30 November 2016 Faint skylines in the near-infrared: observational constraint for IFU instruments
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Abstract
The amplitudes and scales of spatial variations in the skylines can be a potential limit of the telescopes performance, because the study of the extremely faint objects requires a careful correction for the residual of the skylines if they are corrected. Using observations from the VLT/KMOS instrument, we have studied the spatial and temporal behavior of two faint skylines (10 to 80 times fainter than the strong skyline in the spectral window) and the effect of the skylines in the determination of the kinematics maps of distant galaxies. Using nine consecutives exposures of ten minutes. We found that the flux of the brighter skylines changes rapidly spatially and temporally, 5 to 10% and up to 15%, respectively. For the faint skyline, the fluctuations have a spatial and temporal amplitude up to 100%. The effect of the residual of the skyline on the velocity field of distant galaxies becomes dramatic when the emission line is faint (equivalent width equal to 15 A). All the kinematic information is lost. The shape and the centroid of the emission line change from spaxel to spaxel. This preliminary result needs to be extended; by continuing the simulation, in order to determine, the minimum flux that allows to recover of the kinematic information at different resolutions. Allowing to find the possible relation between spectral resolution and flux of the emission line. Our goal is to determine which is the best spectral resolution in the infrared to observe the distant galaxies with integral field spectrographs. Finding the best compromise between spectral resolution and the detection limit of the spectrograph.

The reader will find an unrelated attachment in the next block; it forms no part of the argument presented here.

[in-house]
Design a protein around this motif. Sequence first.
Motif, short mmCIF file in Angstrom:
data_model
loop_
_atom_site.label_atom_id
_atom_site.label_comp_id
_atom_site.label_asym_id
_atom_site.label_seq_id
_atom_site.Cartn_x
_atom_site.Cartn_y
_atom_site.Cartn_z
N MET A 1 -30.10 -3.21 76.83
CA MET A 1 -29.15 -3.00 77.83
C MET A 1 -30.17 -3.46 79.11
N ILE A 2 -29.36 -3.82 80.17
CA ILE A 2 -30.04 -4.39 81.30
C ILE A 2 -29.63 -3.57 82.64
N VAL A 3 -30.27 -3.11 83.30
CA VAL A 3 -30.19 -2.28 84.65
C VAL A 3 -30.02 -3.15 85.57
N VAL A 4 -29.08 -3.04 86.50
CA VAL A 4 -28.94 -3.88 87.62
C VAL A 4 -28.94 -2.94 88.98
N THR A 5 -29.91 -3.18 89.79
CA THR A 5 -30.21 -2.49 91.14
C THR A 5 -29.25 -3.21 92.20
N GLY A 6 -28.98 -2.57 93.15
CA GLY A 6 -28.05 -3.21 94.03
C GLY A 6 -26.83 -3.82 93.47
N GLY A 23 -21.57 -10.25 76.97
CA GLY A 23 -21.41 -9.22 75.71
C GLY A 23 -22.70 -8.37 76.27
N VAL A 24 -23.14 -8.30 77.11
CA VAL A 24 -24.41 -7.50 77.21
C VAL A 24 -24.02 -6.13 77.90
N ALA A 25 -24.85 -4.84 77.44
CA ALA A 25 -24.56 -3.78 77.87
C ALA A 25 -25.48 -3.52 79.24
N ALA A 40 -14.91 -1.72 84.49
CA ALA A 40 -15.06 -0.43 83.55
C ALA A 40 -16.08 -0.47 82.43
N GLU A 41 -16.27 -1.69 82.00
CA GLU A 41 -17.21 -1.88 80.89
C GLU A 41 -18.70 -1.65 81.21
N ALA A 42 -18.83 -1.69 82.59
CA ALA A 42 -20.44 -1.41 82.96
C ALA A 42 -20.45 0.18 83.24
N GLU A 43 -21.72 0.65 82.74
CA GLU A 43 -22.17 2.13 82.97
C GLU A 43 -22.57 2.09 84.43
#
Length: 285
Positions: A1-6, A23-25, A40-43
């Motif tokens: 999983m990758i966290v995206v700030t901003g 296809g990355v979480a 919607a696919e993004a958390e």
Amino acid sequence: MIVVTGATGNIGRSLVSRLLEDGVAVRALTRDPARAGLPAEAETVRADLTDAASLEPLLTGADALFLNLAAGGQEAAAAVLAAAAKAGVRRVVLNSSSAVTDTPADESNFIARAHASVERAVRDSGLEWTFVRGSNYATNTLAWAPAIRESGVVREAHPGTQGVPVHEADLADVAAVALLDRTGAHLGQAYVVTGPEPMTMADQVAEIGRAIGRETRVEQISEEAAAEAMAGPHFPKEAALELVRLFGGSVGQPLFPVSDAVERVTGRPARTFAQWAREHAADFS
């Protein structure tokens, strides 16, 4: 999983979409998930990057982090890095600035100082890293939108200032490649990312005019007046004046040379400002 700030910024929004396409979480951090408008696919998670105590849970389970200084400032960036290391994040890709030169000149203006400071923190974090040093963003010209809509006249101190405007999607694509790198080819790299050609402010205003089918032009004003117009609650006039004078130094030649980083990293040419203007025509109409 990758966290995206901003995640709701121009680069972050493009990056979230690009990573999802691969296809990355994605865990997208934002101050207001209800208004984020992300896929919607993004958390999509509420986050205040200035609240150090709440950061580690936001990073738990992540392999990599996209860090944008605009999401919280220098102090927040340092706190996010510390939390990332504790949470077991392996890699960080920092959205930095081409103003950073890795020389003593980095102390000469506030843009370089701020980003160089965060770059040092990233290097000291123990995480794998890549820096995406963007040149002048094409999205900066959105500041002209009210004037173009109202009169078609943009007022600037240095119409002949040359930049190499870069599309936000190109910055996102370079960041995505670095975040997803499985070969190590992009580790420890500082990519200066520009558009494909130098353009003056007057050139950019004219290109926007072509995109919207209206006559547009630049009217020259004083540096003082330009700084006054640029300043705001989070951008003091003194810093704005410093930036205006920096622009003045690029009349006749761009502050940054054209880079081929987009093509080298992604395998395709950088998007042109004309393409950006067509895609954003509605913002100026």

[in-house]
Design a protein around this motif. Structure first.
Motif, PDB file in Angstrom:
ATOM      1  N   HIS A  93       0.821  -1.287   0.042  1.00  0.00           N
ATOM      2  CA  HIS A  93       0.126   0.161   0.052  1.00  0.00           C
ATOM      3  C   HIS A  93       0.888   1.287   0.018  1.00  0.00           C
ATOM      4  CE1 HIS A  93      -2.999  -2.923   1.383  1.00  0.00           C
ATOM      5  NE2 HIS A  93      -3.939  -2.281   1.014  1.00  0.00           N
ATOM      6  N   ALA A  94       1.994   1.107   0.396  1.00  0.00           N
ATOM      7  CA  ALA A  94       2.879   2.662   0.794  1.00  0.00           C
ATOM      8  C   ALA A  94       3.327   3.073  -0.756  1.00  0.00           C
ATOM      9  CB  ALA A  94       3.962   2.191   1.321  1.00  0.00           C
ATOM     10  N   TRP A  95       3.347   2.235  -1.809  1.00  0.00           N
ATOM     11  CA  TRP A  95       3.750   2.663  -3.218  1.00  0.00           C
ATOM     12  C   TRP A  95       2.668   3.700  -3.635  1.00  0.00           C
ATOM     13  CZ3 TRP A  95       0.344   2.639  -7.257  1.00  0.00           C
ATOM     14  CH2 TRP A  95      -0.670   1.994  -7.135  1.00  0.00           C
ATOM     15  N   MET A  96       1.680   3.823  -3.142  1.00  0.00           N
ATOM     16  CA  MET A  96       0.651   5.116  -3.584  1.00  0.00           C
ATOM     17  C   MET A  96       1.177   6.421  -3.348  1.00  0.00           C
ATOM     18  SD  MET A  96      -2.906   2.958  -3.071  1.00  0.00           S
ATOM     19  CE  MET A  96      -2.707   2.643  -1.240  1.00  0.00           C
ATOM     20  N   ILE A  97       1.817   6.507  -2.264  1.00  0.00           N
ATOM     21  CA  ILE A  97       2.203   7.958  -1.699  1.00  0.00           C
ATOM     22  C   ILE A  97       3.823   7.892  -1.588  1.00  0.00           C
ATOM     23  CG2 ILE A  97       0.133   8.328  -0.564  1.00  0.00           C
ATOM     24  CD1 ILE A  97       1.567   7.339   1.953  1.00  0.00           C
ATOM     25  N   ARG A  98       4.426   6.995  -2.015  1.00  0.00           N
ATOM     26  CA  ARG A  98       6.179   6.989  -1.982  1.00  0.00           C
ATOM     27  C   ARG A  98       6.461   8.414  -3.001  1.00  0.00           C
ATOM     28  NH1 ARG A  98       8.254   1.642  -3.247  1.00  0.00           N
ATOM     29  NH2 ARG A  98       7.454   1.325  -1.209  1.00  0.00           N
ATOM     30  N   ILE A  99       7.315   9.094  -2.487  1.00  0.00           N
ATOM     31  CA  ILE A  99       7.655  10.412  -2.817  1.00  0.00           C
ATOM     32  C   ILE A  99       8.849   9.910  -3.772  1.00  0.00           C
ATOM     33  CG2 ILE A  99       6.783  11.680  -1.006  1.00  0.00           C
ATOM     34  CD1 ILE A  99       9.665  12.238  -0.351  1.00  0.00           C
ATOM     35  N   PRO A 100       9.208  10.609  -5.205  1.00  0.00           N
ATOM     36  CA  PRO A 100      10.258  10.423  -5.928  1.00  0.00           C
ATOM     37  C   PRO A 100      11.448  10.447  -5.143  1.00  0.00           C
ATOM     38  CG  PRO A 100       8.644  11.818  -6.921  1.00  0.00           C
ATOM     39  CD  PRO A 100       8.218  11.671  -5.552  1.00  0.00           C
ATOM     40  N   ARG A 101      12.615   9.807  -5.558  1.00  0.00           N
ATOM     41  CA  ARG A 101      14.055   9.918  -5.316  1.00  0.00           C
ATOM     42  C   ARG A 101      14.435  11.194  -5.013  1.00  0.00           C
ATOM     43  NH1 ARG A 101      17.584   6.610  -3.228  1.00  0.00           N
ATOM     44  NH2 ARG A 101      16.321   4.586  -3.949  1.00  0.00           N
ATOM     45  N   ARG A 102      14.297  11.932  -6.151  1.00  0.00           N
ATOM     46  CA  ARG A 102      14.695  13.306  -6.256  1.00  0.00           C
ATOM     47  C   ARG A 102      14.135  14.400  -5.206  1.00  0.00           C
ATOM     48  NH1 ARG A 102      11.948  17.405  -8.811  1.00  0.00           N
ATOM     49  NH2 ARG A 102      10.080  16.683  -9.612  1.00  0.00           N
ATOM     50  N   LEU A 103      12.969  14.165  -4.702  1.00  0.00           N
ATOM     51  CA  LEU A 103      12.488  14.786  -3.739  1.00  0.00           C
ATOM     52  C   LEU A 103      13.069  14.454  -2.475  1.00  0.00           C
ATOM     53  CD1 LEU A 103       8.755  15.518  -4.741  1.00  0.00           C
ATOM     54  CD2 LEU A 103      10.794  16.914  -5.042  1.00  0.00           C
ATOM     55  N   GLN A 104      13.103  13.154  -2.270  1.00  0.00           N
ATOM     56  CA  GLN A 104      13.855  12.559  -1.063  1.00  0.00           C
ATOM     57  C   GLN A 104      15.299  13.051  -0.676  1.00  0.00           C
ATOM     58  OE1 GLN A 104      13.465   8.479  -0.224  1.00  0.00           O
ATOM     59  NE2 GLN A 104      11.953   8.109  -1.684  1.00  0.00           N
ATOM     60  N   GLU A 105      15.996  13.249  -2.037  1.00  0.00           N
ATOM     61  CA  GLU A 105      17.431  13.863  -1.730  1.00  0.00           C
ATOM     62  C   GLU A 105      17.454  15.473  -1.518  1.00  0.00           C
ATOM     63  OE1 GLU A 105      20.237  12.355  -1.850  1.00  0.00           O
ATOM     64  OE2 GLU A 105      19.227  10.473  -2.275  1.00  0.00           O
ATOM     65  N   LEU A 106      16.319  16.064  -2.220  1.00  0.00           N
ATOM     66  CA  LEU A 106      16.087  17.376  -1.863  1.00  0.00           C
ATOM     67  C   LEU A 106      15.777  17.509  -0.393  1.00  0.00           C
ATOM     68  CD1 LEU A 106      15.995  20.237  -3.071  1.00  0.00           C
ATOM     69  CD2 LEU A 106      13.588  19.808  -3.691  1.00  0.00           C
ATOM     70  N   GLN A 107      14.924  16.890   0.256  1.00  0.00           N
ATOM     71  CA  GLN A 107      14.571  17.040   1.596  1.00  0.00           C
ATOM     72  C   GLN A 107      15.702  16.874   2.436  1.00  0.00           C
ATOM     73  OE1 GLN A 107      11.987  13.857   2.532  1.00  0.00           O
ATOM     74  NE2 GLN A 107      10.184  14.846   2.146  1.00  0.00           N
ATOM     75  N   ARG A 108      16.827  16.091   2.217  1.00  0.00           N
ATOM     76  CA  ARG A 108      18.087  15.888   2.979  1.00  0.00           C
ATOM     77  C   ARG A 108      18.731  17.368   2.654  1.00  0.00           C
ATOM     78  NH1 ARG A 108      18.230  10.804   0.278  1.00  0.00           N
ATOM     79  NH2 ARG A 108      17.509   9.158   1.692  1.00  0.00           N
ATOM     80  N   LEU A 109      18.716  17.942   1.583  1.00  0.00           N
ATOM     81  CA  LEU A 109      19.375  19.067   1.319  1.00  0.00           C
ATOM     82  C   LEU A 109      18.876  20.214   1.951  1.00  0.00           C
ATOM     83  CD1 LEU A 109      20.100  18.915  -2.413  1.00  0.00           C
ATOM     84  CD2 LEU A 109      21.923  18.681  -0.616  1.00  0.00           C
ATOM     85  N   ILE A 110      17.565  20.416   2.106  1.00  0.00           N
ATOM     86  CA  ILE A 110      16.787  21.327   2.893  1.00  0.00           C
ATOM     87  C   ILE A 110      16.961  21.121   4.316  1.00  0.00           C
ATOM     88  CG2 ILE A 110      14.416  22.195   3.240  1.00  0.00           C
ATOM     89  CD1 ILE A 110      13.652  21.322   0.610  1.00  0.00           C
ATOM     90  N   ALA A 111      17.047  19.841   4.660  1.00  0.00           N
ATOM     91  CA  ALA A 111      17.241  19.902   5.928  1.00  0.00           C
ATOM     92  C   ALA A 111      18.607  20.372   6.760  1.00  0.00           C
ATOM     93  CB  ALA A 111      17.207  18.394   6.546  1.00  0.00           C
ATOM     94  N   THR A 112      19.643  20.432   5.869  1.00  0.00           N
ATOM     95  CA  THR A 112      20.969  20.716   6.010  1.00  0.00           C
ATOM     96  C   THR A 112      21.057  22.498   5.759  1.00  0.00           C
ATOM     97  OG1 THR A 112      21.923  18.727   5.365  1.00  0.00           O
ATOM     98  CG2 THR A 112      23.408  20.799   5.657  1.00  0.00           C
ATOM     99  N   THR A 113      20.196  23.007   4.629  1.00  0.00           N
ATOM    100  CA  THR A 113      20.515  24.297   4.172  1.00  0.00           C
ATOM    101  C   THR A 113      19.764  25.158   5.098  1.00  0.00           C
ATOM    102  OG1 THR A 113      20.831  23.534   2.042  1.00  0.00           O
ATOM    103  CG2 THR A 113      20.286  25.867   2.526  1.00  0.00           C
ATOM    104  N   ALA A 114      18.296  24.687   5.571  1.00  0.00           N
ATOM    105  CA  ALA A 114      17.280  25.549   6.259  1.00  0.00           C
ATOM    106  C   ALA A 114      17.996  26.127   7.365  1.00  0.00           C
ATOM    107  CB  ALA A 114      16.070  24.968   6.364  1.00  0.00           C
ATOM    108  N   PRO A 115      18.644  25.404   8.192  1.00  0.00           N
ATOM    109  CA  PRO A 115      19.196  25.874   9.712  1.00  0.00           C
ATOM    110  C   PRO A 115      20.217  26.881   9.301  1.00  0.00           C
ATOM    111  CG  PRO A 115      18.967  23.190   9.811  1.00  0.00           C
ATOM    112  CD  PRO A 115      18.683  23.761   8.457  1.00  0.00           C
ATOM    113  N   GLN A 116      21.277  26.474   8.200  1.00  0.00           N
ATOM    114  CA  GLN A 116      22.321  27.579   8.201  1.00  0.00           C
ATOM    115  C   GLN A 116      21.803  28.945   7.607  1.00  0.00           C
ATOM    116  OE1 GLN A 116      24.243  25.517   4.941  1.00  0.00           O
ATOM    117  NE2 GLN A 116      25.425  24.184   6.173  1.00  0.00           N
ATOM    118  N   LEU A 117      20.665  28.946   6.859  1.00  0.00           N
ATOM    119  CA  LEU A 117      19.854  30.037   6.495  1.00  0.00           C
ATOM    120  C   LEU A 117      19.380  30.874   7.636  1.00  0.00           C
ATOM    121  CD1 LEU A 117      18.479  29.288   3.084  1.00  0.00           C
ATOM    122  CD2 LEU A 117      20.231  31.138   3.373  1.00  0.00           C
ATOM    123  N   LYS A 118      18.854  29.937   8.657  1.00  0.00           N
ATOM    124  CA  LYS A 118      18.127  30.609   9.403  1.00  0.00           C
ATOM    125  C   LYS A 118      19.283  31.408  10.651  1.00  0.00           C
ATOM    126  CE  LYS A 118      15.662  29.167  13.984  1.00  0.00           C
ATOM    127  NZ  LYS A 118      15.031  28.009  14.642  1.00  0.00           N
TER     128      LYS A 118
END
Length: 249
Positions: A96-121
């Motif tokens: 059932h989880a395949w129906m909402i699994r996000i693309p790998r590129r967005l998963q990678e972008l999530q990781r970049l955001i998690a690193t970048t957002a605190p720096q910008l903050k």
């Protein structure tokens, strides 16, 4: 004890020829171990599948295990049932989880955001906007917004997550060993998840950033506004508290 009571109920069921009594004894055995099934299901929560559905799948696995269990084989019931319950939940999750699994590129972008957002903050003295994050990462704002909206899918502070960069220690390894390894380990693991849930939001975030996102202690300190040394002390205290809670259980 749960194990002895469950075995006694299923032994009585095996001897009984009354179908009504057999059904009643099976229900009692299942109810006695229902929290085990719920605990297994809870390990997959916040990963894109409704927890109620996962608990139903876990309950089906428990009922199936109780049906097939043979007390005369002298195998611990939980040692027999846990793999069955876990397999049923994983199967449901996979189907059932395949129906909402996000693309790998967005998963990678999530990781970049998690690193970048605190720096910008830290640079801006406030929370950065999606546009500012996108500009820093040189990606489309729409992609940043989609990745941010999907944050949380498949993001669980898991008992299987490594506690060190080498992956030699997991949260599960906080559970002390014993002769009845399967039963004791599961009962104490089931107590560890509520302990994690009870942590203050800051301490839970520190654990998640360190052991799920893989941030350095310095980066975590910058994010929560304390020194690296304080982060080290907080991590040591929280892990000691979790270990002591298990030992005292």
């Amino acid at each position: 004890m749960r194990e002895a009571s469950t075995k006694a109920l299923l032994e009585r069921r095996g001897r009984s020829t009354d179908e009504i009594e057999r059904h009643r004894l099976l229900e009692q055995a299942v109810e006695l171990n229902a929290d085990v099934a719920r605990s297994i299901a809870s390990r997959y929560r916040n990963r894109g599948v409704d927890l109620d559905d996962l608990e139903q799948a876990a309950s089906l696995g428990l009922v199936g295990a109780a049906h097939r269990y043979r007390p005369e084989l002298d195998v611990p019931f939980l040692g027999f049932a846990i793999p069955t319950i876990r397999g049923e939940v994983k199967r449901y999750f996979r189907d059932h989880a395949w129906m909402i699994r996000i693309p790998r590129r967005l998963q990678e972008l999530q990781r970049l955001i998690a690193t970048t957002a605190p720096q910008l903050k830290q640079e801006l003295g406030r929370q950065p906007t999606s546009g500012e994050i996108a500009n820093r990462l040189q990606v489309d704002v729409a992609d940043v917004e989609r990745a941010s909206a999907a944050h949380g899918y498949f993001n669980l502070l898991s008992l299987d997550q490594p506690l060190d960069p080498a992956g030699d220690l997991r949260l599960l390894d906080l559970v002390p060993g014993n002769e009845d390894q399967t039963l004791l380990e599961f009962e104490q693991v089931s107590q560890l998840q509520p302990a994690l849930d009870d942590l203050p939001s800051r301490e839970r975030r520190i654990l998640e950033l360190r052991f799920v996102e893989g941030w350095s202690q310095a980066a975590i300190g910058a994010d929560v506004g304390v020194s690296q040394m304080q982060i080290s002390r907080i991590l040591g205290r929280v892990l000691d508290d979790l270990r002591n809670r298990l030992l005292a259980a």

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H. Flores, H. Flores, M. Rodrigues, M. Rodrigues, M. Puech, M. Puech, Y. Yang, Y. Yang, F. Hammer, F. Hammer, "Faint skylines in the near-infrared: observational constraint for IFU instruments", Proc. SPIE 9908, Ground-based and Airborne Instrumentation for Astronomy VI, 99082A (30 November 2016); doi: 10.1117/12.2232088; https://doi.org/10.1117/12.2232088
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